The NHS may be unable to cope this winter because of a “frightening” shortfall of more than 50,000 doctors, the head of the British Medical Association has warned.
The number of medics in England has fallen further behind comparable European countries over the summer, ahead of what is predicted to be one of the worst winters in the 73-year history of the health service, Dr Chaand Nagpaul said.
“Winter is an incredibly difficult time for the health service,” he said. “With flu season on the horizon and even fewer staff this time round, it’s a total unknown as to how well our services will cope – if they even cope at all.”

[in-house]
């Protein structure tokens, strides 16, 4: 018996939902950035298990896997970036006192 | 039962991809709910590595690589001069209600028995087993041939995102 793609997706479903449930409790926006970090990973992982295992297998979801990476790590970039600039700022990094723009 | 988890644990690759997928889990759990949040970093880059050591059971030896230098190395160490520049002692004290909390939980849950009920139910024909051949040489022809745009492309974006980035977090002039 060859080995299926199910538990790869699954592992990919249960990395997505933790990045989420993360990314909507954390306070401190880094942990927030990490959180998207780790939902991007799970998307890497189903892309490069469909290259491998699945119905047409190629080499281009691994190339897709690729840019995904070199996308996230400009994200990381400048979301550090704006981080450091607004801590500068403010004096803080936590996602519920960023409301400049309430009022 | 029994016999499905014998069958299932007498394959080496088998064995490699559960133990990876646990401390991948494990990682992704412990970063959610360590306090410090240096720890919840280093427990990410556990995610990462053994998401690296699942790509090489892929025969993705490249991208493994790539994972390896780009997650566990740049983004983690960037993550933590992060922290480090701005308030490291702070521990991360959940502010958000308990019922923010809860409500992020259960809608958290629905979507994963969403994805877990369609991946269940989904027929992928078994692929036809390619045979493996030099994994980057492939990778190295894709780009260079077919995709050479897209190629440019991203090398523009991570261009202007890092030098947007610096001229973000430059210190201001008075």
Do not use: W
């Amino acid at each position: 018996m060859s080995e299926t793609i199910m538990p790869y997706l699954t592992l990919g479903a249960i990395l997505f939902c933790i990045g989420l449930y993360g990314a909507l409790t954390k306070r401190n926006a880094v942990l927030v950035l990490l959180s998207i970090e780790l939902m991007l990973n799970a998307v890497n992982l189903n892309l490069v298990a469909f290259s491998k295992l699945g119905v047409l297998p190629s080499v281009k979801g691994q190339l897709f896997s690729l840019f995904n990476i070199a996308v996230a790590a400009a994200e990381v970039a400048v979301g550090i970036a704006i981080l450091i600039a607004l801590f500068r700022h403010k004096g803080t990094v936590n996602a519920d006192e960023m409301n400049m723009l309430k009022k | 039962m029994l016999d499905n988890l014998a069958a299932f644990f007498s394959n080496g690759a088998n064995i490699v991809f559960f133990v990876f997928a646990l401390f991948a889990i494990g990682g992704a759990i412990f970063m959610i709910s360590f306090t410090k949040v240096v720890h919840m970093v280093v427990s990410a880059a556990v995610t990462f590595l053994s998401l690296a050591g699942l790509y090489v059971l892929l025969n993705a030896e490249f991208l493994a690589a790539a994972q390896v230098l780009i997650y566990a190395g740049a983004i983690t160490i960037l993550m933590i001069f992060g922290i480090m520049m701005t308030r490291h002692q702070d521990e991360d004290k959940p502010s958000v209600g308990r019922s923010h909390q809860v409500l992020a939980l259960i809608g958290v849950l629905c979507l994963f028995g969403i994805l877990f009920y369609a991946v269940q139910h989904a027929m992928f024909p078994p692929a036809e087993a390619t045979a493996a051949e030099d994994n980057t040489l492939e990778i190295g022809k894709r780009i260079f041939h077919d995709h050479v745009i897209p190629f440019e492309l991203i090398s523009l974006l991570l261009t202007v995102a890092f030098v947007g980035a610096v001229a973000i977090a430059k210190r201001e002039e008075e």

With more GPs and hospital doctors quitting over the summer, the shortage has risen to 50,191, according to the BMA. This reflects a loss of 919 doctors in primary care and 110 in secondary care over the last two months.
Yet more doctors are actively considering quitting in the coming months due to burnout and excessive workloads. “Alarm bells” should be ringing, Dr Nagpaul said.
The workforce crisis means staff are working longer hours to keep up with patient demand. Some feel they have no choice but to hand in their notice to get the respite they need. This piles pressure on those that remain, Dr Nagpaul said.
Last week, Prof Martin Marshall, the chair of the Royal College of General Practitioners, told the Guardian that GPs in England are “finding it increasingly hard to guarantee safe care” for millions of patients, because the shortage of medics means they are unable to cope with soaring demand."
Source: The Guardian, 13 September 2021